She said, ‘I want to do Ragnar. I asked her why Ragnar, and she said, ‘Why not? I get to be outdoors, in the mountains, and I get to see so many different kinds of people doing what they love. —Anita Reardon, on her 11-year-old daughter JulieLynn Reardon
DRAPER — JulieLynn Reardon reaches for her mom’s hand impatiently.
Like most 11-year-olds, when she has something to say, she wants to be heard.
The only difference between JulieLynn and most other soon-to-be fifth-graders is that she can’t verbalize her opinions on her own. Instead, she spells them on the palm of her mother’s hand.
When Anita Reardon gets the sentiment correct, JulieLynn rewards her with a high-five. When she doesn’t, she waves her hands and they try again.
Finding a way to communicate with their daughter is just one of the ways Anita and Joe Reardon are unlocking JulieLynn’s potential.
Like most parents, the Reardons find challenging her is most effective when she chooses the reward. A few months ago, they asked JulieLynn what goal she’d like to set for this summer.
“She said, ‘I want to do Ragnar,’ ” said Anita Reardon, referring to the long-distance team relay race that begins in Logan and ends in Park City that takes place June 27-28. “I asked her why Ragnar, and she said, ‘Why not? I get to be outdoors, in the mountains, and I get to see so many different kinds of people doing what they love.”
Joe Reardon participated in the race last year, and he said he understands why she wants to be part of a Ragnar team. “They’re doing something hard,” he said, “and doing hard things, that inspires her.”
While the race may be difficult for the thousands of runners who are participating in this weekend’s Wasatch Back Ragnar Relay, it seems impossible for someone in JulieLynn’s situation.
“Technically, she’s a functional quadriplegic,” Anita Reardon said of her daughter who was born with a rare neurological condition called Hemimegalencephaly, in which one side of the brain is abnormally larger than the other, causing frequent and severe seizures.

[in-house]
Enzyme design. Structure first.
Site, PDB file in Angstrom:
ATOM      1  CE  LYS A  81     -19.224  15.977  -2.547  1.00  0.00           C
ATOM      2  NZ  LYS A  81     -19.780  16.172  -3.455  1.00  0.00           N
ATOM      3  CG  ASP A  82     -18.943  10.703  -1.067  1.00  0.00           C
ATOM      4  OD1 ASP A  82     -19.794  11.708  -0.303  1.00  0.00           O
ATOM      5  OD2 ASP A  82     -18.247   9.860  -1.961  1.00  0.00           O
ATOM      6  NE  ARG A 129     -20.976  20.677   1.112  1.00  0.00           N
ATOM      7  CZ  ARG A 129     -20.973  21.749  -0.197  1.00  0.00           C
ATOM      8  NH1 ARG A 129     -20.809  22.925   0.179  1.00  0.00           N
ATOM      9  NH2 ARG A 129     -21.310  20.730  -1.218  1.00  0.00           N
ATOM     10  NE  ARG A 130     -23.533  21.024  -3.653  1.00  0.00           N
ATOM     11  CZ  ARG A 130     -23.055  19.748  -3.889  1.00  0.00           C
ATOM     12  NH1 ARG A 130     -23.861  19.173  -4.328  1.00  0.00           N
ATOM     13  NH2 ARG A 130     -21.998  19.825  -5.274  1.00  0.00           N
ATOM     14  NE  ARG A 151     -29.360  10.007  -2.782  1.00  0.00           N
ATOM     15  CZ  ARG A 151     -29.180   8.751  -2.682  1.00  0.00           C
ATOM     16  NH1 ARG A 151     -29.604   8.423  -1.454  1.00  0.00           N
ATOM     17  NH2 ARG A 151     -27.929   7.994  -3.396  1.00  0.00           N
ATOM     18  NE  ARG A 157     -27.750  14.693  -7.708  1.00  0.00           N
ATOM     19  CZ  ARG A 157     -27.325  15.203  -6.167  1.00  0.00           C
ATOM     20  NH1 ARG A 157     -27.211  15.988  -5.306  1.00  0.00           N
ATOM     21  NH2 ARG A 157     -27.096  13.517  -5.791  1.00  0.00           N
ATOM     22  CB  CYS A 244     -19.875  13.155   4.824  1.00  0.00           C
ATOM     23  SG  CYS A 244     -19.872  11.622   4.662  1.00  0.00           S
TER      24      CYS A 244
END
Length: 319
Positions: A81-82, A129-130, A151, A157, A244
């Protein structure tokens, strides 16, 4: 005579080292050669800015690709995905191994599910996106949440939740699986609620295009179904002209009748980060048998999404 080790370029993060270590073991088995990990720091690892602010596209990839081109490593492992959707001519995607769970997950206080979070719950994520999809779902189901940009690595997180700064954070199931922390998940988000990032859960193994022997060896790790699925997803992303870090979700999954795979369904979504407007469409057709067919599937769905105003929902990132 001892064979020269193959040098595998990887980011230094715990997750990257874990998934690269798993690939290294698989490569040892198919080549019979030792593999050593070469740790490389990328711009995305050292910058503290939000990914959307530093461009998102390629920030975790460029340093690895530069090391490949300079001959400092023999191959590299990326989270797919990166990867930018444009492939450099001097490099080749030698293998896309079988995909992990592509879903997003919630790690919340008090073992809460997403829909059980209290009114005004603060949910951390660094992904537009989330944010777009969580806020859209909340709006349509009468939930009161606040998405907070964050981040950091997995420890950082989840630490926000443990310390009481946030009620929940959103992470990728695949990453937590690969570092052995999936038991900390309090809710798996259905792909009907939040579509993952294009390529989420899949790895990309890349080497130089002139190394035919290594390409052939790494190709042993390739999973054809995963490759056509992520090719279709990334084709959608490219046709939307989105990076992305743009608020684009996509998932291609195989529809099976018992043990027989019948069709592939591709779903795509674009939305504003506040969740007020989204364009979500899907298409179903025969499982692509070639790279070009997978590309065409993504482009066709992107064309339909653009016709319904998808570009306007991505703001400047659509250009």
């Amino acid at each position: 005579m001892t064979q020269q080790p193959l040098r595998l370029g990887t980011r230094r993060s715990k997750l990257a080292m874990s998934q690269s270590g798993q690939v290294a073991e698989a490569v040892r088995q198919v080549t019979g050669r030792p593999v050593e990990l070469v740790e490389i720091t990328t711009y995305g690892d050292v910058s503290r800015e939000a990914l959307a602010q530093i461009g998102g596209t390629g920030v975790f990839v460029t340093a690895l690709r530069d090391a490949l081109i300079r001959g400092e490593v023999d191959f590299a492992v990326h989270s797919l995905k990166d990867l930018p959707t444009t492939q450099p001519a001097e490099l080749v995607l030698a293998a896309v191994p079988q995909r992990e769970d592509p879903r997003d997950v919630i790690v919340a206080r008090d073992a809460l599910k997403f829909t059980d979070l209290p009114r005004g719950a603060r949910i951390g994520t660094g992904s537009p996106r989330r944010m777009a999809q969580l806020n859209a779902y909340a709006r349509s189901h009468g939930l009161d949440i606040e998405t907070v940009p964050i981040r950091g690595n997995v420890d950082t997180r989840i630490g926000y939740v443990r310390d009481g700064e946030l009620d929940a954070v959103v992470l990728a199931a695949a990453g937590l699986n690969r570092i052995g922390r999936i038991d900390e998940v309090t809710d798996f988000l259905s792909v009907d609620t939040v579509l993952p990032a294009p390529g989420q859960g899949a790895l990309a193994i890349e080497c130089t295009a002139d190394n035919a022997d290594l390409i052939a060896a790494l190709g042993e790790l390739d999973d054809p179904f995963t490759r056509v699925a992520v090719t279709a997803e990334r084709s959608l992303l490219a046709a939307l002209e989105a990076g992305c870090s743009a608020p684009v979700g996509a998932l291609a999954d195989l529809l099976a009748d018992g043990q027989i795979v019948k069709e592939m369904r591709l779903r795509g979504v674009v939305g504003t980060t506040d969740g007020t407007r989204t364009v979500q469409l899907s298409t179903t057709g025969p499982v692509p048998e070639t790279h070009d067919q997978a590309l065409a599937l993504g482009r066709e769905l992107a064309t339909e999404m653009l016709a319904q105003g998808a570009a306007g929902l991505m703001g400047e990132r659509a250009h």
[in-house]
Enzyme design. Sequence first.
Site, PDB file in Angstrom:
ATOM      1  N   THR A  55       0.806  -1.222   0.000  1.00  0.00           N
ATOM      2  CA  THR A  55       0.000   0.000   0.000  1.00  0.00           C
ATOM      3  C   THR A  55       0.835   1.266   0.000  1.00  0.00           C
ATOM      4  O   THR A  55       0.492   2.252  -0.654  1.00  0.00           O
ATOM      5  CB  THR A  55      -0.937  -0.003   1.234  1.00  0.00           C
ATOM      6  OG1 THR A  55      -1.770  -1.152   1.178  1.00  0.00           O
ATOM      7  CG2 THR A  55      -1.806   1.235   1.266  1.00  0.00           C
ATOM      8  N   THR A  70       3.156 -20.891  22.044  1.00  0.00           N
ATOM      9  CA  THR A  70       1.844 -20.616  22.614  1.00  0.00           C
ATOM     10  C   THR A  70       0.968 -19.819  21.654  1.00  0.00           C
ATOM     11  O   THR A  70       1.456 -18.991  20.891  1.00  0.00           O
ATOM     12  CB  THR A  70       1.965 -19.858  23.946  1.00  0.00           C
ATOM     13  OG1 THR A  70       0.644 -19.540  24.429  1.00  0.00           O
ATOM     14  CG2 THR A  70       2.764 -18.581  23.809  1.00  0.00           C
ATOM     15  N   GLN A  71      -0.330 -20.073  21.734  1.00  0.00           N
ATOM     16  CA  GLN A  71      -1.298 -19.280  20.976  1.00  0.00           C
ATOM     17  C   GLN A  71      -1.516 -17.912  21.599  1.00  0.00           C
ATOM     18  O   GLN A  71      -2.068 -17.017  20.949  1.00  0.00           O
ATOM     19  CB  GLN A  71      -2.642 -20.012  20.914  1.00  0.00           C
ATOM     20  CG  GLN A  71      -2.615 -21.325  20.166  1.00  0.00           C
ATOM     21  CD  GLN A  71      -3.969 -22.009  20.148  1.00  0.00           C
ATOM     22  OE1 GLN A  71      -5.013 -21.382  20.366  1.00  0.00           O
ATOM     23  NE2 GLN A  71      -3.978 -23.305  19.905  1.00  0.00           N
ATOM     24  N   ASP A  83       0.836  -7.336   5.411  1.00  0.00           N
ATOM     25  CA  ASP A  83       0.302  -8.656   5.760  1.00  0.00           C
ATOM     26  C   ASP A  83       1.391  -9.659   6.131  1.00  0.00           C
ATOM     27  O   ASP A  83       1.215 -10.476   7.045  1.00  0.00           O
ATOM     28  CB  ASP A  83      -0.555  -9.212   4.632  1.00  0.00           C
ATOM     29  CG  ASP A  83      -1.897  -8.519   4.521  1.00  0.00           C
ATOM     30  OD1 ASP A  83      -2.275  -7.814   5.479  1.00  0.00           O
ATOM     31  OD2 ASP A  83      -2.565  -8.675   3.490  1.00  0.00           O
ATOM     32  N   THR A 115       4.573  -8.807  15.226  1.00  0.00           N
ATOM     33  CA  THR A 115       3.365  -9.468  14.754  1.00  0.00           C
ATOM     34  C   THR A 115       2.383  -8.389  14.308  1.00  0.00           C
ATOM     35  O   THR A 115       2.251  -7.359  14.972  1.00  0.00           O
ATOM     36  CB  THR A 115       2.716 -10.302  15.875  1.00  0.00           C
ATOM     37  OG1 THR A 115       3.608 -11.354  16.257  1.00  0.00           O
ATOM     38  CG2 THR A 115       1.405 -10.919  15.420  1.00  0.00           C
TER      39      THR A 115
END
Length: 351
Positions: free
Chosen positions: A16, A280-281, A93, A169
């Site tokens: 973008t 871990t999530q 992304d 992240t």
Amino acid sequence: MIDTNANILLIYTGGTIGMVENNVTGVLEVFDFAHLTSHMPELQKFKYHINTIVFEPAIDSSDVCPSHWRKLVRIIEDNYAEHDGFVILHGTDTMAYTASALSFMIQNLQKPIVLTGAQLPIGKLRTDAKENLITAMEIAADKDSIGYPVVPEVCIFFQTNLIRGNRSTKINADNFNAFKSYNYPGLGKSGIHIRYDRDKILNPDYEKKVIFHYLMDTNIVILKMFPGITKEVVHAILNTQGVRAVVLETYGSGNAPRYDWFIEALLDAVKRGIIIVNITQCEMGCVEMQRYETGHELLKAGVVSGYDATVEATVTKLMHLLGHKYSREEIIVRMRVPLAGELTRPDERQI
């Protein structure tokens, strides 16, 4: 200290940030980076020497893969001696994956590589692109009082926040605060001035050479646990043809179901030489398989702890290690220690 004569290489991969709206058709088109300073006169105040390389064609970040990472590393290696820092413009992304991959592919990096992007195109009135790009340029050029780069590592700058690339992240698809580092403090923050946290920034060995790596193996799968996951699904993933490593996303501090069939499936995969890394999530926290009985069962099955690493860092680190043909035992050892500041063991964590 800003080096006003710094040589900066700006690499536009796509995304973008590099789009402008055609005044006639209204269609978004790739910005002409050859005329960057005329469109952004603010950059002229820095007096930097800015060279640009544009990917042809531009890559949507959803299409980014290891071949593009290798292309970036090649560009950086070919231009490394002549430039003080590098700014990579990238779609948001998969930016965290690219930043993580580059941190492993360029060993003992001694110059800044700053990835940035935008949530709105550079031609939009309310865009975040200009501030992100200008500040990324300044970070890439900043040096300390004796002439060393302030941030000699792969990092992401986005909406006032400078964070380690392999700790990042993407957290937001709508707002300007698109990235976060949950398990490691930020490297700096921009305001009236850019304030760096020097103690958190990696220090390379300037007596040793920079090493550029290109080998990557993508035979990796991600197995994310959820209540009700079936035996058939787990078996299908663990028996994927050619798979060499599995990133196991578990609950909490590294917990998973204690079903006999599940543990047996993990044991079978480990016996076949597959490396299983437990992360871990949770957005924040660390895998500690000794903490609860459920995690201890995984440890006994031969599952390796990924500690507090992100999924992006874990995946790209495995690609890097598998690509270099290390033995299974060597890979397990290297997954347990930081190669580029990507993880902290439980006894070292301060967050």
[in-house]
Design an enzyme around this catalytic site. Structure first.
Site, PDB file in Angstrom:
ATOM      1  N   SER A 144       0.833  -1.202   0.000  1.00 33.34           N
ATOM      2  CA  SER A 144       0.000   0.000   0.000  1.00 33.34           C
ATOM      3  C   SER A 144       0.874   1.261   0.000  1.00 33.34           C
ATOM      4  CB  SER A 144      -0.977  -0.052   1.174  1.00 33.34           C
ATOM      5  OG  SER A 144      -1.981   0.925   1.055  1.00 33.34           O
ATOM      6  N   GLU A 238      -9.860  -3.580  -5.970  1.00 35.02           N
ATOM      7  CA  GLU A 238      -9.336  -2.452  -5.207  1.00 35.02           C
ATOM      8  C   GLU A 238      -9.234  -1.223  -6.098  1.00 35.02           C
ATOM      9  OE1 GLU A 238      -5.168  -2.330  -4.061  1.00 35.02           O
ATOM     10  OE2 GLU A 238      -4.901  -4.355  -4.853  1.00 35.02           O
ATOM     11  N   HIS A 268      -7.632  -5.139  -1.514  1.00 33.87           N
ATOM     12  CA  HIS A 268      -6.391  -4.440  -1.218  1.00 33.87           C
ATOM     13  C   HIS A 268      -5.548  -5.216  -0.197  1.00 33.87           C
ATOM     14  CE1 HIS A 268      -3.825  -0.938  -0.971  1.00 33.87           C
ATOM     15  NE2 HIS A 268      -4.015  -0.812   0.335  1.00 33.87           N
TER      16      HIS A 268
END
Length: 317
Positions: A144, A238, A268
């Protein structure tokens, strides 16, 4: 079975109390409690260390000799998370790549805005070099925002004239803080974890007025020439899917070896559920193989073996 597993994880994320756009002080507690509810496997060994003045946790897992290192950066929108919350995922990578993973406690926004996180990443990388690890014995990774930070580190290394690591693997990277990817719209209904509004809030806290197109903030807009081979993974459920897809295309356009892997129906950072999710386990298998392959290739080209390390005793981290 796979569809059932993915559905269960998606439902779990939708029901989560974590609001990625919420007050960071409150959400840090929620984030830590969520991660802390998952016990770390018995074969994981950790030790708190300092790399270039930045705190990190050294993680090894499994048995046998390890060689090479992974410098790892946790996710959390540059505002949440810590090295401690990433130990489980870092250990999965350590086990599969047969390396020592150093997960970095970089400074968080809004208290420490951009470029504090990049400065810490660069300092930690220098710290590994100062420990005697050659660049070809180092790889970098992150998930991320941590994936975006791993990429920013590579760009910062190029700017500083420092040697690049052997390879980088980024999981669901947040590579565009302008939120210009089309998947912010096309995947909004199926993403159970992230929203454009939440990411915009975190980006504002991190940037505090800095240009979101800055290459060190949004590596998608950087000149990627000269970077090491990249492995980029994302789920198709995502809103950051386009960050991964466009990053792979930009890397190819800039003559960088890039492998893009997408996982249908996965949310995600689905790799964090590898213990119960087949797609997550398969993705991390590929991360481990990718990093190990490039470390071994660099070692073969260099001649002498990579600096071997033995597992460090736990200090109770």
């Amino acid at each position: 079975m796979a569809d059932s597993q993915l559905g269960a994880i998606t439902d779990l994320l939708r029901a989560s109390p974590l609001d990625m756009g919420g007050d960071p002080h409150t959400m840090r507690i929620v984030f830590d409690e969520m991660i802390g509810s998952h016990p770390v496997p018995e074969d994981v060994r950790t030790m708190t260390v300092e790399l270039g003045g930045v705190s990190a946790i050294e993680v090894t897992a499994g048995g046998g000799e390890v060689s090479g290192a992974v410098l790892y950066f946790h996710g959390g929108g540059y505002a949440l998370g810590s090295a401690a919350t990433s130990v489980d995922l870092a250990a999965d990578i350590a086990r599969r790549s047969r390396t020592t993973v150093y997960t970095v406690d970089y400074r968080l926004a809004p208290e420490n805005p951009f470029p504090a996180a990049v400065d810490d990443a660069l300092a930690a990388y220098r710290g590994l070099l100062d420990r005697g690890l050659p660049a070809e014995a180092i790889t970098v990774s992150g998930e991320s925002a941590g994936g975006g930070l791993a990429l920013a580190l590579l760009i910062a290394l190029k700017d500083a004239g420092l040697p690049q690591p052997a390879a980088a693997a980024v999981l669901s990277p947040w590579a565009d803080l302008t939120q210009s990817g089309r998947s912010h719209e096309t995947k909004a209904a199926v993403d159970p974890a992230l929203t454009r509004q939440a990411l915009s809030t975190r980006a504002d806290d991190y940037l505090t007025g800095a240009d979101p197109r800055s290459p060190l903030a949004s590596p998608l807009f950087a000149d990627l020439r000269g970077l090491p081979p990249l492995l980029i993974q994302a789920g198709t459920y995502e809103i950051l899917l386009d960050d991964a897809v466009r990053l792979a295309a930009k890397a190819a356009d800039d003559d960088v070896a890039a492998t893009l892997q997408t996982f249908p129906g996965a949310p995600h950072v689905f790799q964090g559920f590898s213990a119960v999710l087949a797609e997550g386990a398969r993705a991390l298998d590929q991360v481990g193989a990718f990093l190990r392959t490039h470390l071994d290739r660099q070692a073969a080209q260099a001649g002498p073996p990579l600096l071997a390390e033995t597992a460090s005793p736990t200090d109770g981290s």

“Right at birth they noticed some things,” said Joe Reardon. “She was having 400 seizures a day.”
Anita points out that even when she was pregnant, there were signs that they just misread.
“We thought she had a lot of hiccups,” Anita said of her pregnancy. “We realize now that they were seizures.”
Doctors told her parents they needed to remove part of her brain in order to control the seizures.
“There was really no other choice at that point,” said Joe. “She was having so many seizures. We wanted to wait until she was older, but that just wasn’t an option.”
When JulieLynn was 4½ months old, doctors removed part of the brain that was abnormally large. She spent the first 6½ months of her life in a hospital. Now she could go home, but instead of seizures, the blue-eyed girl deals with the effects of partial paralysis and intellectual disabilities. Her mom likens it to what a person deals with after a stroke. Doctors were unsure what JulieLynn would be able to do, unable to tell her parents what her life would be like.
“We didn’t know what she’d be able to do so we just started exposing her to whatever we could to try and see what she was capable of,” Anita said.
Every day the couple finds new ways to challenge their daughter, to test her physically and intellectually. She sat up on her own for the first time on June 1, 2007 — right before she turned 4.
“That’s an amazing progression,” Joe Reardon said.
Understanding their daughter’s mind was a much more difficult proposition than helping her to tackle physical challenges. Thankfully, JulieLynn’s mom is both creative and relentless.
“Anita is like MacGyver,” said Joe, referring to a fictional but resourceful character from the 1980s television show with the same name. “She says, ‘Let’s try this. Let’s try that. How about this?’ We started realizing she can do this, she can spell words on her hand.”
She can communicate other ways, like using electronic devices or pictures to make choices. But most of the time, even in school, she spells out her thoughts on the outstretched palm of just about anyone willing to listen. Teachers determined she was on grade level in most subjects, and just about on grade level in math.